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Wednesday, February 19, 2014

Guest blogger Neve Maslakovic: "Pass on what you have learned"

(Today's guest post is by fellow 47North author Neve Maslakovic of the Incident series, on quotations familiar to all...)

"Pass on What You Have Learned"
by Neve Maslakovic 

I don't exactly pepper my novels with famous quotes, but I do occasionally put them in. Sometimes it’s a shortcut, a handy way of making a point — "Brevity is the soul of wit, you might say" — rather than reinventing the wheel by taking up a whole paragraph explaining whatever it is. Other times the quote is there to emphasize an idea and give it depth, or to punch up a line of dialogue. I don’t go looking for something that fits the moment; if a quote pops into my mind as I'm writing, I put it in, and so it could be something from a book, a movie, even something I’ve seen on social media.

Which is why in Book 1 of my time travel series, The Far Time Incident (tagline: mystery, time travel and history), there's a tweet from astrophysicist Neil deGrasse Tyson. It's the answer Julia Olsen, science dean’s assistant at St. Sunniva University and time-traveling-mystery solver, gives to those who walk into her office doubting NASA astronauts did land on the Moon. (Atop 3000 pounds of rocket fuel, where else do you think they were going?) All right, that one was in there mostly for fun.

In that book there was also a quote from the Persian poet and mathematician Omar Khayyam (The Moving Finger writes; and, having writ, Moves on: nor all you Piety nor Wit Shall lure it back to cancel half a Line, Nor all your Tears wash out a Word of it.) I felt the quote, ever so more eloquently than I could, summed up a key time travel rule in the series — try as you will, you can’t change the past. Even if you go back in time, like Julia and Nate and their companions, it just cannot be done.

There’ve been Shakespeare quotes, too.

And then there's this, in The Runestone Incident, Book 2 of the series:

Pass on what you have learned.

I suppose it was inevitable that a Star Wars quote in particular would find its way into one of my books. In our small household (my husband, our 9-year-old, and me), we bandy movie quotes around all the time and a lot of them happen to be from Star Wars. Lines that come up often are Do... or do not. There is no try and These aren't the droids you're looking for. Also, oddly, It’s a trap! (I lean more toward Star Trek than Star Wars, but even I admit that Star Wars is way more quotable, though perhaps only because more people recognize May the force be with you than Engage! or Tea, Earl Grey, hot.)

So it was, when I needed a detail that defined a character named Jacob Jacobson, a graduate student in the Time Engineering Department, that Star Wars came to mind. I’m very fond of Jacob—in Book 1, he’s a first year grad student struggling to fit in and juggle his research and classes, but by Book 2, he’s found his footing, although Jacob himself doesn’t realize it yet. The young student is such a big fan of Star Wars that he travels to the fourteenth century with a Yoda-themed sleeping bag on his backpack. He also happens to be wearing a T-shirt with a very revealing quote, a snippet of something Yoda says just before he dies in Return of the Jedi: Pass on what you have learned. This helps Julia realize that Jacob will one day do just that, pass on the knowledge he has acquired, albeit in a non-Jedi, more mundane way — that is, he'll make an excellent professor.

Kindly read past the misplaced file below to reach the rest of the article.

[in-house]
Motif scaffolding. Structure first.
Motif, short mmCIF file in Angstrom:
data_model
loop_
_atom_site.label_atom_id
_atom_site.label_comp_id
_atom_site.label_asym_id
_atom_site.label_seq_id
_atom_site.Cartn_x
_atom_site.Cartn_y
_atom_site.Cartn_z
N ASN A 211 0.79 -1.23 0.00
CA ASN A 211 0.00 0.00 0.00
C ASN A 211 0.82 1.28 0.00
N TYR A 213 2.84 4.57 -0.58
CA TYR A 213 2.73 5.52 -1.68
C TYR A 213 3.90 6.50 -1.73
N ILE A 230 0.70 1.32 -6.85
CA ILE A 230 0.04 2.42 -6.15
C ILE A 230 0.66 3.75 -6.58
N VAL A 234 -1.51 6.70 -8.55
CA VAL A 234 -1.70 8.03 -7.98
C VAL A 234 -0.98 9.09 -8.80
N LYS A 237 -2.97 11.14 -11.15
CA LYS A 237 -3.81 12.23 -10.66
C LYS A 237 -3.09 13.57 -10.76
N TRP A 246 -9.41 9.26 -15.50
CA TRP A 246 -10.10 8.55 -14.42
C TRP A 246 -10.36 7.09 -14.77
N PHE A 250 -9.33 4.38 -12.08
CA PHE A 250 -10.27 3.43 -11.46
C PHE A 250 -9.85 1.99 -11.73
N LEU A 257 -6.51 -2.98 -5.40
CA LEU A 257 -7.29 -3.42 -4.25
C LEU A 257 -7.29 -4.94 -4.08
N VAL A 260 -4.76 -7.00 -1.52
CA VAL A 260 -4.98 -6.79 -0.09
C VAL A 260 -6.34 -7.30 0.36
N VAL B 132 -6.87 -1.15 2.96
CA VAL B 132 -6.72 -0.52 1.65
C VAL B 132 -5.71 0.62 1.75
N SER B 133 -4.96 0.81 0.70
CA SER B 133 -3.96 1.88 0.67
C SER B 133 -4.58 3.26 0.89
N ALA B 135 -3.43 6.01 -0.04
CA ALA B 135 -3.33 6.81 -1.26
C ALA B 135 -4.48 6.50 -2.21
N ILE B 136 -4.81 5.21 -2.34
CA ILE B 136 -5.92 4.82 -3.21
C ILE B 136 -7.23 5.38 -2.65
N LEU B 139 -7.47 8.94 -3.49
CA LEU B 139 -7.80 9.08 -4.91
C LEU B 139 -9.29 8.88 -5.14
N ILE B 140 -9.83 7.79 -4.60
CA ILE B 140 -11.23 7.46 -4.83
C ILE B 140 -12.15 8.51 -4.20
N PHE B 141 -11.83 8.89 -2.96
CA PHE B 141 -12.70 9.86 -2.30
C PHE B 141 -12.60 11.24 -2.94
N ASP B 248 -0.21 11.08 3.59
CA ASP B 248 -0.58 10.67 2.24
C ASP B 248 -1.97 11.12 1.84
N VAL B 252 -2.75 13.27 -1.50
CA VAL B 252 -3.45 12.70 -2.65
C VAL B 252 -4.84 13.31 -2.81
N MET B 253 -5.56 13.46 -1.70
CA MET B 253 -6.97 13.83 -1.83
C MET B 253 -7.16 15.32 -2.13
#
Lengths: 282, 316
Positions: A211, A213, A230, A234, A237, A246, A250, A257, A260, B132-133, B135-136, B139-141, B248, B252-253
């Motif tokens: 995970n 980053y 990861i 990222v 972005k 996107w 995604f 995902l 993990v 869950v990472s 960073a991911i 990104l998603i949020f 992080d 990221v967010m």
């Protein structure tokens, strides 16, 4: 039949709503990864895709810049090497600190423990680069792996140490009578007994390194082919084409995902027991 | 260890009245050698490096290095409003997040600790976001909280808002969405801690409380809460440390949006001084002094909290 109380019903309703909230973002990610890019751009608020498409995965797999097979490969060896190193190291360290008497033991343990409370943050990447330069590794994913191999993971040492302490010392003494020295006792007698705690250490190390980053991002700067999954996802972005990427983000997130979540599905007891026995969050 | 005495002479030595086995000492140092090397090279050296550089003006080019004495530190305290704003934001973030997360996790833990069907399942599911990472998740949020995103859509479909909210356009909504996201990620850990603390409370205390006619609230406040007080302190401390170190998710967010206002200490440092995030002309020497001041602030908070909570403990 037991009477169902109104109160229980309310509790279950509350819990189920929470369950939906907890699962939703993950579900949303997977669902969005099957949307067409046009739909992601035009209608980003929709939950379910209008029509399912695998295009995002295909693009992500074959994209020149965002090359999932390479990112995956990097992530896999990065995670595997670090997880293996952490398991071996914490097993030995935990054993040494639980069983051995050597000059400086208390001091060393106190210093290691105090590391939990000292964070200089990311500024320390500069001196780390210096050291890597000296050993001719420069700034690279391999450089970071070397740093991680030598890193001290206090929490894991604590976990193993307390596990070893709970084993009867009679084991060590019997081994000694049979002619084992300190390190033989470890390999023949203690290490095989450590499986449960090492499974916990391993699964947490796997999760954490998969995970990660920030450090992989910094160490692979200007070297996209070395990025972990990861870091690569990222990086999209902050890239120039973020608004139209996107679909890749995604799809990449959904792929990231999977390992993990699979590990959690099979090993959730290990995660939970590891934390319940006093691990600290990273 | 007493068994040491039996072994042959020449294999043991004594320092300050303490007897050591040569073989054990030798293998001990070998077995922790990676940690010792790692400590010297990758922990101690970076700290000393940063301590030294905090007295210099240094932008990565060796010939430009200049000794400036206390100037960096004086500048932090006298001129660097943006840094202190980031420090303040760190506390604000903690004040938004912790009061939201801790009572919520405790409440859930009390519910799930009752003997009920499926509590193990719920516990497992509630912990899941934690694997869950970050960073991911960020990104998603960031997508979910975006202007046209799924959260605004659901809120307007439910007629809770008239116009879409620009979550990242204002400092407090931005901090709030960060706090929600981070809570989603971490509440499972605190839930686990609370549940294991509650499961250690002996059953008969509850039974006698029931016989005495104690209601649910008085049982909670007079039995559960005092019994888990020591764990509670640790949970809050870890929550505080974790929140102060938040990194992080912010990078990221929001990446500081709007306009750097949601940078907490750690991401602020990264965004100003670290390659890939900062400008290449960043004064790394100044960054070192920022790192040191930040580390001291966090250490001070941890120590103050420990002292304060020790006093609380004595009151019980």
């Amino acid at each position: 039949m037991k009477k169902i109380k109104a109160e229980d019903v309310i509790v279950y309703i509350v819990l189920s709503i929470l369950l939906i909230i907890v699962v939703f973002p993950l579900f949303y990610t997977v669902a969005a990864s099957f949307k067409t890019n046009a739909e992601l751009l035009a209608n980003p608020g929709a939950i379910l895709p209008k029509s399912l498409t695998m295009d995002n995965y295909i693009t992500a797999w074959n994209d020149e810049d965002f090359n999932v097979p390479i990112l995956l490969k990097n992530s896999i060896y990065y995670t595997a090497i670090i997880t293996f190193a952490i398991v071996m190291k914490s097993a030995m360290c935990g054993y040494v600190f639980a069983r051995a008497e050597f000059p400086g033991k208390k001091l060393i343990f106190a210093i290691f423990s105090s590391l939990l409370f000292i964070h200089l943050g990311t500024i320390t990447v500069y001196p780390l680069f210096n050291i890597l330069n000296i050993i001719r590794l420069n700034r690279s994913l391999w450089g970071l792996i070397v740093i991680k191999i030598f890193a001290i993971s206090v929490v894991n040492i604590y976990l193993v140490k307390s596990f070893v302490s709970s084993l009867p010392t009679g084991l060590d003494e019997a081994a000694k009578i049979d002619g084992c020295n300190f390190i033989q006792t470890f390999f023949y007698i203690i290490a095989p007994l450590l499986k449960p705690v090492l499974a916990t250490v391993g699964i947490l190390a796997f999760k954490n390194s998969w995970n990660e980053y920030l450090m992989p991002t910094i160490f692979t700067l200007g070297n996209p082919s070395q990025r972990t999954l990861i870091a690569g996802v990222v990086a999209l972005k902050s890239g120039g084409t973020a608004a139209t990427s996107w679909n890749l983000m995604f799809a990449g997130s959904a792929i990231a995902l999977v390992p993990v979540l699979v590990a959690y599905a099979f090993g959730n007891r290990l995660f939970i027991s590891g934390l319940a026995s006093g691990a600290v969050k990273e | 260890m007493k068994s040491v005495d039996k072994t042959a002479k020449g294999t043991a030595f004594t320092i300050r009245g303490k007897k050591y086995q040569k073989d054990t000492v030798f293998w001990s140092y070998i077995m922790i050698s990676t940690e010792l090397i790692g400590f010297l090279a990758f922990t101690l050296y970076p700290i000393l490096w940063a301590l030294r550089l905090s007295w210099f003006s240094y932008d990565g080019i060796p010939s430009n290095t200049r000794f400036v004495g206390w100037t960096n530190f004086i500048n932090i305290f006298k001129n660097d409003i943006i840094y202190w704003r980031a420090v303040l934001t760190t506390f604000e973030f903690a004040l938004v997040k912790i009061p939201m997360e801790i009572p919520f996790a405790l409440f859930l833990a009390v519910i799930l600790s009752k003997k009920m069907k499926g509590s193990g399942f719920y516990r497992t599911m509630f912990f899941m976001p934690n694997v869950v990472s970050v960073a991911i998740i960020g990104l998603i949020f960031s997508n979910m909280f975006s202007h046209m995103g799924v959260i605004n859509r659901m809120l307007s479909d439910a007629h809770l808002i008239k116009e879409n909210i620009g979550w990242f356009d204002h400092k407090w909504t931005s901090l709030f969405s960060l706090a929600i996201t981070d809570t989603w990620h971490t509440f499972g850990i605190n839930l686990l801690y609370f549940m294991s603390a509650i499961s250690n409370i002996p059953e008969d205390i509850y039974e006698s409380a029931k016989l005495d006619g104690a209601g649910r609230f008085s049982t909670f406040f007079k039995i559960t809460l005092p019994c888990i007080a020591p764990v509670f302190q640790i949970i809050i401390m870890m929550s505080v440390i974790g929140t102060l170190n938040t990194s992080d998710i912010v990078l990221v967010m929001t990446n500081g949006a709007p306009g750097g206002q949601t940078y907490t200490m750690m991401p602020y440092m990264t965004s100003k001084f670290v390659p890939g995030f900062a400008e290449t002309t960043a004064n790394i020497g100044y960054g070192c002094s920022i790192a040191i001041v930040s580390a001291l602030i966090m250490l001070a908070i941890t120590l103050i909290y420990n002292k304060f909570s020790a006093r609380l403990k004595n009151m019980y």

As an aside, I’ve learned to double-check my quotes, as I tend to misremember them. I could have sworn that Yoda in the movie says “Always pass on what you have learned,” but in fact the always isn’t there at all and hardly even makes sense in the context, Yoda hinting to Luke about the one other Skywalker.

I am working on Book 3 now. I don’t know yet who will get a say in that one, because things change as you write and edit and the story comes together... Difficult to see. Always in motion is the future.

Neve Maslakovic is the author of the Incident series (time-travel whodunits), as well as a stand-alone novel, Regarding Ducks and Universes. Before turning her hand to writing fiction, Neve earned her PhD in electrical engineering at Stanford University's STAR (Space, Telecommunications, and Radioscience) Lab. Born in Belgrade, Yugoslavia (now Serbia), Neve currently lives with her husband and son near Minneapolis/St. Paul, where she admits to enjoying the winters. Booklist called her debut novel, Regarding Ducks and Universes, "Inventive... a delight." She is currently working on Book 3 of the Incident series. Visit her website, and follow her on Twitter and Facebook.

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